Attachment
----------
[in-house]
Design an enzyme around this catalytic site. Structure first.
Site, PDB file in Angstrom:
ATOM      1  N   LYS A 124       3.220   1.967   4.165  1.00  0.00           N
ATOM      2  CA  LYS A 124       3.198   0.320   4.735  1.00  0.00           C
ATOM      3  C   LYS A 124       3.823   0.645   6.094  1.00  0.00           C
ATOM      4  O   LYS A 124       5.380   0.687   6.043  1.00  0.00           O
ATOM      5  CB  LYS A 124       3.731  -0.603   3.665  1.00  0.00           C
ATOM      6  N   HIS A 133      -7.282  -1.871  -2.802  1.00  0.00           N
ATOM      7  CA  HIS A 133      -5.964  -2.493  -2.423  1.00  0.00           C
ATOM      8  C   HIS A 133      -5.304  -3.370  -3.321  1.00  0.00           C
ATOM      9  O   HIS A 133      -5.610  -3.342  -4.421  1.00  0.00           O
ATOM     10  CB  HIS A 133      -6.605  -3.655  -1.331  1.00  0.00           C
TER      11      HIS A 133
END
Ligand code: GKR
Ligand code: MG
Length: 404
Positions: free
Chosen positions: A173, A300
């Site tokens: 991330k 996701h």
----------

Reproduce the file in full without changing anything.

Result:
[in-house]
Design an enzyme around this catalytic site. Structure first.
Site, PDB file in Angstrom:
ATOM      1  N   LYS A 124       3.220   1.967   4.165  1.00  0.00           N
ATOM      2  CA  LYS A 124       3.198   0.320   4.735  1.00  0.00           C
ATOM      3  C   LYS A 124       3.823   0.645   6.094  1.00  0.00           C
ATOM      4  O   LYS A 124       5.380   0.687   6.043  1.00  0.00           O
ATOM      5  CB  LYS A 124       3.731  -0.603   3.665  1.00  0.00           C
ATOM      6  N   HIS A 133      -7.282  -1.871  -2.802  1.00  0.00           N
ATOM      7  CA  HIS A 133      -5.964  -2.493  -2.423  1.00  0.00           C
ATOM      8  C   HIS A 133      -5.304  -3.370  -3.321  1.00  0.00           C
ATOM      9  O   HIS A 133      -5.610  -3.342  -4.421  1.00  0.00           O
ATOM     10  CB  HIS A 133      -6.605  -3.655  -1.331  1.00  0.00           C
TER      11      HIS A 133
END
Ligand code: GKR
Ligand code: MG
Length: 404
Positions: free
Chosen positions: A173, A300
């Site tokens: 991330k 996701h």